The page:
// set up your MCU similarly to interrupt every 1 ms and simply increment jobtimer on interrupt
interrupt [TIM0_COMPA] void timer0_compa_isr(void) {  jobtimer++; }


// an example main function that flashes LED1 for 250ms every second and
// LED2 for 500ms every 2 seconds and LED3 for 100ms every half second
void main(void) {       
        initjobs();

        // MCU pin configuration omitted for brevity
                 
        // schedule the first "blink" of each LED.
        // they'll then reschedule themselves as needed.       
        schedule(TOGGLE_LED1, 100); schedule(TOGGLE_LED1, 350);   
        schedule(TOGGLE_LED2, 100); schedule(TOGGLE_LED2, 600);
        schedule(TOGGLE_LED3, 100); schedule(TOGGLE_LED3, 200);
       
        while (1) { runjobs(); }                 
}                   

void toggle_led1(void) {
        PORTA.1 = ~PORTA.1;   // codevision-specific for my MCU and schematic
       
        // main function scheduled the initial led-on and led-off, resulting in a blink.
        // we reschedule ourselves every second to blink every second 
        schedule(TOGGLE_LED1, 1000);
       
}

void toggle_led2(void) {
        PORTA.2 = ~PORTA.2;
        schedule(TOGGLE_LED2, 2000);
}

void toggle_led3(void) {
        PORTA.3 = ~PORTA.3;
        schedule(TOGGLE_LED3, 500);
}                     

// initialize the job scheduler
void initjobs(void) {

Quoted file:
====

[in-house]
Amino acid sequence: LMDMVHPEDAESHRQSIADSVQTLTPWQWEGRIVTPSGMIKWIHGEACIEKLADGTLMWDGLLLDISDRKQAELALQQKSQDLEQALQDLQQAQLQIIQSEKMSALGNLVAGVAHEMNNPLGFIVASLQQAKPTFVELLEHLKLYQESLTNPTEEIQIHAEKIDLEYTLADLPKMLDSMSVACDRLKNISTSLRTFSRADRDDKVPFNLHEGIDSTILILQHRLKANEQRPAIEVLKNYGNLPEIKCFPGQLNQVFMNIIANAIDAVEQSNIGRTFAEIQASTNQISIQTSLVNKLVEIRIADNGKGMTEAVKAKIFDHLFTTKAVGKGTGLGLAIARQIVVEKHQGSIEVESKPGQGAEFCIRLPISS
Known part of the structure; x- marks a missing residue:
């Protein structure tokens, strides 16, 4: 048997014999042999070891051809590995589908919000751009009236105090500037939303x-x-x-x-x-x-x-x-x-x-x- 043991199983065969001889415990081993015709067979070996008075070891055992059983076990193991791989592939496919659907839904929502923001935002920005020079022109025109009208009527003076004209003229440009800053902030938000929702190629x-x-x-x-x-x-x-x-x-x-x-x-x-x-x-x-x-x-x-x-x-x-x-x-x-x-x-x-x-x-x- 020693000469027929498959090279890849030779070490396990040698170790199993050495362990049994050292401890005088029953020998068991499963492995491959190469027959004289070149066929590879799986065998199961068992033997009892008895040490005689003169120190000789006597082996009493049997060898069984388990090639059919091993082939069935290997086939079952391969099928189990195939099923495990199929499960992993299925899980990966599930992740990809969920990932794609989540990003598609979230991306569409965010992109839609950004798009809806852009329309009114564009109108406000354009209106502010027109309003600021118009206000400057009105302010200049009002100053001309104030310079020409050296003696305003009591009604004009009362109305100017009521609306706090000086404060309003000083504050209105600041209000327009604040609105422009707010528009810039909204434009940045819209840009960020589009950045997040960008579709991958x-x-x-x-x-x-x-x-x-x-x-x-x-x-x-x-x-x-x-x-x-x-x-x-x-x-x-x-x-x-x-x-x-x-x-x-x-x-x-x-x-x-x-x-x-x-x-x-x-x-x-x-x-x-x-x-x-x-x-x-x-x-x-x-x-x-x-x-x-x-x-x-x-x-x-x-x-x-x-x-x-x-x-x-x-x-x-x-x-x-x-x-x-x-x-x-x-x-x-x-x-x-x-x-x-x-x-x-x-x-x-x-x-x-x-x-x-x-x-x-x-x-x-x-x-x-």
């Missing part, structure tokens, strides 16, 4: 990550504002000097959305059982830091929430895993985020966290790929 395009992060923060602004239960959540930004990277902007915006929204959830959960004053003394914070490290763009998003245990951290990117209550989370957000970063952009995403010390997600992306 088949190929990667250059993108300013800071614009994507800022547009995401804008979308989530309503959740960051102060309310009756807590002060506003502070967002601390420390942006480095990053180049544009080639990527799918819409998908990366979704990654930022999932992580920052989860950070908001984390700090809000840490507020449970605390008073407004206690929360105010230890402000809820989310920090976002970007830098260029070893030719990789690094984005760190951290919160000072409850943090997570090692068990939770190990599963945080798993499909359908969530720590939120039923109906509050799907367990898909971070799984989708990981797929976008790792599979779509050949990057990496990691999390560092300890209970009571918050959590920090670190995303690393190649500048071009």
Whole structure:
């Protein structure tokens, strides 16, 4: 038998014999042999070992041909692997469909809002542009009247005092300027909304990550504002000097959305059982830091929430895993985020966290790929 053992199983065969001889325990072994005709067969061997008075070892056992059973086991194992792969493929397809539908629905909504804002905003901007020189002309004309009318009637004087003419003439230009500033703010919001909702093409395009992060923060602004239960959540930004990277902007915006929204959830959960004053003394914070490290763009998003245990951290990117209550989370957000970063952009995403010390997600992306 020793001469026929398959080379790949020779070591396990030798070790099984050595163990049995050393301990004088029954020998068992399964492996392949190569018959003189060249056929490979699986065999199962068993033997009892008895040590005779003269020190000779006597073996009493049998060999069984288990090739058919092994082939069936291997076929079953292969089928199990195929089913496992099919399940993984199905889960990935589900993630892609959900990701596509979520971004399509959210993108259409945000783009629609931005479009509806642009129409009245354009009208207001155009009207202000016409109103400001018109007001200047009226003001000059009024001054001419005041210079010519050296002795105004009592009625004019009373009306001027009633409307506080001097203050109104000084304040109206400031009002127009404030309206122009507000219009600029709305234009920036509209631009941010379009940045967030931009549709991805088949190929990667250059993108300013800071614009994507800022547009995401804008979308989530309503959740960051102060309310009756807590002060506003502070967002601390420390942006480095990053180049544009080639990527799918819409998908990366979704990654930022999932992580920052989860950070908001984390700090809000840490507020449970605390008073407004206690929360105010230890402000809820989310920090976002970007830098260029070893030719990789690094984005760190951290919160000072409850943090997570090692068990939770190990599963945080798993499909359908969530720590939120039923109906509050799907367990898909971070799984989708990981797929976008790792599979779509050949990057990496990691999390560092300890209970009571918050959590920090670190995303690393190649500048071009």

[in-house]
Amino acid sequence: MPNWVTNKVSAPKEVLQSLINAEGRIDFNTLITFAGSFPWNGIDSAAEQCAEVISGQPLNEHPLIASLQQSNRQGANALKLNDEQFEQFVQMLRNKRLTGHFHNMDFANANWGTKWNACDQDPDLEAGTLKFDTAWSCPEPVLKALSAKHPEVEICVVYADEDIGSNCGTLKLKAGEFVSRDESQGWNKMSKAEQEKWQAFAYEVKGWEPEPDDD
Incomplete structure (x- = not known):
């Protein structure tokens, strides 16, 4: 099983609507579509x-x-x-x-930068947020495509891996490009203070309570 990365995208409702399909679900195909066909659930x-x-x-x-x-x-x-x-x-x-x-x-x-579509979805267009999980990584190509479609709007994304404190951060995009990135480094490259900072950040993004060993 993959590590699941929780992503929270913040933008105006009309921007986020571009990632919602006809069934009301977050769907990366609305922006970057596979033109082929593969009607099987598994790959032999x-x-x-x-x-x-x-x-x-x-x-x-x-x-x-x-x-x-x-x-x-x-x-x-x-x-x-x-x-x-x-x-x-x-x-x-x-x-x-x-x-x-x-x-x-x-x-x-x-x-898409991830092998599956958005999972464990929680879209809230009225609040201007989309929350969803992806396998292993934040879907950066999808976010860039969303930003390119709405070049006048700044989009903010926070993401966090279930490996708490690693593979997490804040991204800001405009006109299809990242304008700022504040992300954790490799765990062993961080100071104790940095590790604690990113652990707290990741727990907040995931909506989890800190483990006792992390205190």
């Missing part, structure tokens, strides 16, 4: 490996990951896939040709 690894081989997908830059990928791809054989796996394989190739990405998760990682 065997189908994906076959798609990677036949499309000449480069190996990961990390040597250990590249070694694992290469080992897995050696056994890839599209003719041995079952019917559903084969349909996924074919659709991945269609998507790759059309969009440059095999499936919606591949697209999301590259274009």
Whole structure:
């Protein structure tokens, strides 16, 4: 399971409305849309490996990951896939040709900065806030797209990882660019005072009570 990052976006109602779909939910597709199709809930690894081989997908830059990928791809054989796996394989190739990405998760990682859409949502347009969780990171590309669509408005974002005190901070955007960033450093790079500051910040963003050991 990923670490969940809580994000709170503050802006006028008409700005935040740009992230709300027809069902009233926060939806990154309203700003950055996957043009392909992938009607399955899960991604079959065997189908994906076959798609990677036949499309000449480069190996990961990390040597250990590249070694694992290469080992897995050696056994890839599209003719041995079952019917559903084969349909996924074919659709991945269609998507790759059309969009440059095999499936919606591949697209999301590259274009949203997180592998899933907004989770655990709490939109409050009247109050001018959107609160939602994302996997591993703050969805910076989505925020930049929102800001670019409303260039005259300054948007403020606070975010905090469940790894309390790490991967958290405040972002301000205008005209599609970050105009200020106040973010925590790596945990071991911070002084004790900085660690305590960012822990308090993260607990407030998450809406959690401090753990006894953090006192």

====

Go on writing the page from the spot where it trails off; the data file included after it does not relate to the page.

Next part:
u8 i;
for(i = 0; i < MAX_JOBS; i++) {
jobs[i].id=0;
jobs[i].time=0;
jobs[i].next=i;
}
nextjob = 0;
lastjob=0;     
}

// run every job due to run right now
void runjobs() {
u8 newnext;

while(jobs[nextjob].id && jobs[nextjob].time == jobtimer) {
runjob(jobs[nextjob].id);
newnext = jobs[nextjob].next;
jobs[nextjob].id = 0;
jobs[nextjob].time = 0;
jobs[nextjob].next = nextjob;
nextjob = newnext;
}
}

// run a specific job -- called by runjobs
void runjob(u8 id) {
switch(id) {
case TOGGLE_LED1: toggle_led1(); break;
case TOGGLE_LED2: toggle_led2(); break;
                case TOGGLE_LED3: toggle_led3(); break;
}
}     

// schedule a job to be run 'time' ms from now
void schedule(u8 id, u16 time) {
        u8 i;
u8 freejob = 255;
u8 prev = 255;             

/* find a free job slot.  start with nextjob and work backwards, since
   empty slots are most likely to be found there.  This also
   automatically handles the special case of an empty job list  */
i = nextjob;
for(i = nextjob; i != (u8)(nextjob + 1) % MAX_JOBS; i = (u8)(i - 1) % MAX_JOBS) {
if(! jobs[i].id) {
freejob = i;
break;
}
}                                                             

if(freejob >= MAX_JOBS) /* job list full. new job is lost. */
return;         

/* figure out where in the job list it will fit */
/* start with lastjob, since new jobs will generally be the last job */
if(jobs[lastjob].id && jobs[lastjob].time <= time + jobtimer)